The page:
We have four actual groups:



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Wealth Building Strategies

This billionaire’s “$5 million test” will make you a way better investor

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Posted by Simon Black - Sovereign Man

on Thursday, 19 October 2017 19:16

supertankIn 1982, a man named Jim Tisch bought seven supertankers for $42 million. He found them by cold calling companies he found in the Yellow Pages. 

Yes, $42 million is a lot of money… but these tankers were each four football fields long. That’s a lot of steel. And they could carry between 2-3 million barrels of oil. 

And these ships were built just eight years earlier at a cost of $50 million apiece. 

Jim Tisch is the son of the legendary Laurence “Larry” Tisch, the late billionaire founder of Loews. Corp – a conglomerate that has owned hotels, movie theaters, insurance, cigarettes, oil and watches over the years. 

And like his Dad, Jim had a nose for value… 

Low oil prices in the early 1970’s (around $3 a barrel) caused demand to soar. To keep up with the growing demand, everyone rushed to build supertankers (which can take years to complete).   

Then the Arab oil embargo in 1973 sent oil prices soaring to $12 a barrel by 1975. 

The Iranian Revolution (and ousting of the Shah) followed in 1979… And Iran drastically slashed its output. Oil jumped to over $37 a barrel. 

Now there was much less oil coming out of Iran (and a year later, Iraq), but the tankers were still floating in the water. 

Tisch started sniffing around for tankers in the early 80s, when, according to Tisch, only 30% of the global fleet was necessary to meet demand. 

That’s why he was able to buy at an almost 90% discount. As he said at a 2006 speech at Columbia University: 

[S]hips were trading at scrap value. That’s right. Perfectly good seven-year-old ships were selling like hamburger meat – dollars per pound of steel on the ship. Or, to put it another way, one was able to buy fabricated steel for the price of scrap steel. We had confidence that with continued scrapping of ships and increased oil demand, one day the remaining ships would be worth far more than their value as scrap.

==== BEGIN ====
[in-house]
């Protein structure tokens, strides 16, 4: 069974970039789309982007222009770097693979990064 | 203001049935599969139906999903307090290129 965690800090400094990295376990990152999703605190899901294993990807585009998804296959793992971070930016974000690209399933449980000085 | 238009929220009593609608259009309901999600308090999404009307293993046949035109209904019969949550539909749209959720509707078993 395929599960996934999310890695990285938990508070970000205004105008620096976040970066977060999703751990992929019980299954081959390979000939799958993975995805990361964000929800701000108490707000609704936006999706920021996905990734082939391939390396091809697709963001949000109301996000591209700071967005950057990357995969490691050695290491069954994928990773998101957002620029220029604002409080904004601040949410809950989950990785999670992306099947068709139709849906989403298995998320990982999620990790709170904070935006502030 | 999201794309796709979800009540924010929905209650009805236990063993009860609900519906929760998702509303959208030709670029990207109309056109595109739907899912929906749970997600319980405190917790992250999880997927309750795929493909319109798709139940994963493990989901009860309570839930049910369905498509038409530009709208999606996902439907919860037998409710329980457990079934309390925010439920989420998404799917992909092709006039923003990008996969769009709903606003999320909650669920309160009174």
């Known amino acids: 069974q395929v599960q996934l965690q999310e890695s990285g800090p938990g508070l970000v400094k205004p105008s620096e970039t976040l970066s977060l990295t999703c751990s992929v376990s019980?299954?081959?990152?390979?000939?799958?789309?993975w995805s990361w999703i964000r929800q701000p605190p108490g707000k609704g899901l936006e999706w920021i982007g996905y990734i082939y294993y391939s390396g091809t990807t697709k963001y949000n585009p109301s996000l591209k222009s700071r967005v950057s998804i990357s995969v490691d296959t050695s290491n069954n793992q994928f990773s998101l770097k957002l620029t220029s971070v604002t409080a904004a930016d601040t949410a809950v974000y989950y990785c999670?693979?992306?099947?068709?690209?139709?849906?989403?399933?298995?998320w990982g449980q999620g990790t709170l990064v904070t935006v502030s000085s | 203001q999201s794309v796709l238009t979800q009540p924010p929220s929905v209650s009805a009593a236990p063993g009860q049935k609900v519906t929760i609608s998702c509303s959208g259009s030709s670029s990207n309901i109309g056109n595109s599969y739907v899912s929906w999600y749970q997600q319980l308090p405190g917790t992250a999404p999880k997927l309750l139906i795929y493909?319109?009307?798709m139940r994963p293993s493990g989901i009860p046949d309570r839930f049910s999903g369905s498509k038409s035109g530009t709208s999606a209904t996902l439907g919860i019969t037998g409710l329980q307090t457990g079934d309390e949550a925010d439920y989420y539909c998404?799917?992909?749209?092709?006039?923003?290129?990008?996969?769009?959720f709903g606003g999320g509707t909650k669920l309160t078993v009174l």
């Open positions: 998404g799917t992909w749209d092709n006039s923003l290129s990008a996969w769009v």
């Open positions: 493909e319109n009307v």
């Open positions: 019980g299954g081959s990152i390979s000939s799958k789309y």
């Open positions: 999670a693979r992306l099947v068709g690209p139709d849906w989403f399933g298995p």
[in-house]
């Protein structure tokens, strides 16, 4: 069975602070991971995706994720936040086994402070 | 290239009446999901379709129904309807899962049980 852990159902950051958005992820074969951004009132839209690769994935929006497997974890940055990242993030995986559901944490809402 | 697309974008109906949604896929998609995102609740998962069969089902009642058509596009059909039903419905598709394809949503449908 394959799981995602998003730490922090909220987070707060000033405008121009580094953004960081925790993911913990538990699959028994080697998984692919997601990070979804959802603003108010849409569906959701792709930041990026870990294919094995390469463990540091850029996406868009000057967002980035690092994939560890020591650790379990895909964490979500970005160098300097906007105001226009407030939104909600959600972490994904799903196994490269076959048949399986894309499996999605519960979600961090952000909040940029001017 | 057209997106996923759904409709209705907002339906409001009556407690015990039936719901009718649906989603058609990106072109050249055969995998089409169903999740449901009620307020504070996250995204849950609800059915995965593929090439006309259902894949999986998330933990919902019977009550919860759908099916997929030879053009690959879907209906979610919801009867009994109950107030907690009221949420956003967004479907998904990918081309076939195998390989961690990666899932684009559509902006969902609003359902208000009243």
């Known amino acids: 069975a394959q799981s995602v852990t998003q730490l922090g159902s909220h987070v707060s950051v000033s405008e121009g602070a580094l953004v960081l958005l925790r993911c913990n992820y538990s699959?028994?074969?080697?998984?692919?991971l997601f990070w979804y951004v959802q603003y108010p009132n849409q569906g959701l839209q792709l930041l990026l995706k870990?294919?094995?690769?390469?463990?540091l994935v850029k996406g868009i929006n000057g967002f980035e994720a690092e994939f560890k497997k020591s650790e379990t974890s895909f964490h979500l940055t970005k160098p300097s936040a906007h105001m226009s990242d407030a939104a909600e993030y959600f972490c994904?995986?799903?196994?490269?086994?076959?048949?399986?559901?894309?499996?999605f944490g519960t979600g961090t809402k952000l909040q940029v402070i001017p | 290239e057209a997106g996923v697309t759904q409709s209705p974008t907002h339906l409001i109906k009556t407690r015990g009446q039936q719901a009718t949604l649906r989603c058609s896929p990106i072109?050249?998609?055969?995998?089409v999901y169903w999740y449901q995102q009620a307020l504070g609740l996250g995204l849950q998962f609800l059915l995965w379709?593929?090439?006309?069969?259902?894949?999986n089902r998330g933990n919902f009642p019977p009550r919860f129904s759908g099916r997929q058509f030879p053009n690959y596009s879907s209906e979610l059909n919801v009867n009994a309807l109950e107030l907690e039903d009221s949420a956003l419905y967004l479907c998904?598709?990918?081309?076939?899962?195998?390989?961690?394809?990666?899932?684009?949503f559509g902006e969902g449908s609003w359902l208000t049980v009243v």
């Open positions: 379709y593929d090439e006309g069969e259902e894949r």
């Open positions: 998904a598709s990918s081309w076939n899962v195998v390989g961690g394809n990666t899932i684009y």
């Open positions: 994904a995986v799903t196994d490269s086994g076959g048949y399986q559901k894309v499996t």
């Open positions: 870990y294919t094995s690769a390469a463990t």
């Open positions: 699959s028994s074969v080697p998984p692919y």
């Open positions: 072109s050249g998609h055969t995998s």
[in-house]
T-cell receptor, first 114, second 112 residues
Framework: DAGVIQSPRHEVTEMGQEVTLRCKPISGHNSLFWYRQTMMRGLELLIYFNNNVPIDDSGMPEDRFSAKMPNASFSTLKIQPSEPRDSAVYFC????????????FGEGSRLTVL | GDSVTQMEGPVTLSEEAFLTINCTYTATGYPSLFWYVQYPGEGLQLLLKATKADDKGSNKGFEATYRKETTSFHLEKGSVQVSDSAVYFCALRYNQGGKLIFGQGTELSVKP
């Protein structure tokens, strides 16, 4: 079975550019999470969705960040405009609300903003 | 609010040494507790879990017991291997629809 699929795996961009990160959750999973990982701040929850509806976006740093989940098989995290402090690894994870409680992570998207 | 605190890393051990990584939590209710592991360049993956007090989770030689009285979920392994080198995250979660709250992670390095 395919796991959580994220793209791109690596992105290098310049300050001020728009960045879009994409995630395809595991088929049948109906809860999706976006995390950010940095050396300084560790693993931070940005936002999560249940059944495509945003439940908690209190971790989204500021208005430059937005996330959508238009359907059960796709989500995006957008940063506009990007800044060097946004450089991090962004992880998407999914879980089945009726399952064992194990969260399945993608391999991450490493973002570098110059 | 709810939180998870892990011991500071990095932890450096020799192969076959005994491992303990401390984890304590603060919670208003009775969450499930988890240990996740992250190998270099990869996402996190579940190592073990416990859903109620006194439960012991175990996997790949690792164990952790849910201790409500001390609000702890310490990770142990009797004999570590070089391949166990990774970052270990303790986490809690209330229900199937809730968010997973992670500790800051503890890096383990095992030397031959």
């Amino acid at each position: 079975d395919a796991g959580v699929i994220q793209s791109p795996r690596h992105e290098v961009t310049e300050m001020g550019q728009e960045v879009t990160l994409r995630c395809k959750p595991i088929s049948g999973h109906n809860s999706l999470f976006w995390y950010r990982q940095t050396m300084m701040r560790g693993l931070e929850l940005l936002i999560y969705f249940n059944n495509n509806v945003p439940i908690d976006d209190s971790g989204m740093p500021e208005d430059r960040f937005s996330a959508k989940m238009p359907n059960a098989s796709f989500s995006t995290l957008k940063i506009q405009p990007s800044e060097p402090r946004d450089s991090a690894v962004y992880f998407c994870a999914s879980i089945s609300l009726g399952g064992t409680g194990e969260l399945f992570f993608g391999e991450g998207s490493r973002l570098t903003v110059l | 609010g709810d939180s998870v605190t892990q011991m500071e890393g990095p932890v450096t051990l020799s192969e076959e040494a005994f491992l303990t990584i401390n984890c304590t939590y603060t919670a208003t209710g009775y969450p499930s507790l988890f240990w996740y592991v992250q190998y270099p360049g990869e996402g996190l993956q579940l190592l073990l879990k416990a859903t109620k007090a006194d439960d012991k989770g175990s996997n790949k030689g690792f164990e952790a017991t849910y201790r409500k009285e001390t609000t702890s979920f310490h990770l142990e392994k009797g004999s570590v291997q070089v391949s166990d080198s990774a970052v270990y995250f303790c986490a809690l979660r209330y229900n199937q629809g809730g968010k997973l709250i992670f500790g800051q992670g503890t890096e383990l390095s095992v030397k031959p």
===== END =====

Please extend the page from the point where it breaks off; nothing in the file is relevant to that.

By 1990, the market for tankers was turning around… too many ships were scrapped and the volume of oil coming from the Persian Gulf was increasing. 

Noting the strength, Tisch sold a 50% interest in his ships for 10 times his initial investment.
 
He still maintained half ownership… and collected enormous cashflows from operating those ships. 
 
When he first stepped foot on a supertanker, Tisch said he formulated the “Jim Tisch $5 million test.”


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Wealth Building Strategies

How Much Money Do You Need To Retire On Dividends Alone?

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Posted by Contrarian Outlook

on Wednesday, 18 October 2017 08:12

This is a better question to ask than the typical “magic number” formula that most “first-level” thinking firms tout. Let’s review why their approach is fatally flawed, so that we can derive a more reliable method of our own based in actual reality (and funded by actual dividend payments.)

Fidelity Says What?

You should aim to have 10 times your final salary in savings.

But why? I suppose they are claiming that, if you earned $100,000 in your final year working, that you’ll want to earn this much in income every year for the rest of your life.

So, Fidelity says save a million bucks and you’re in good shape.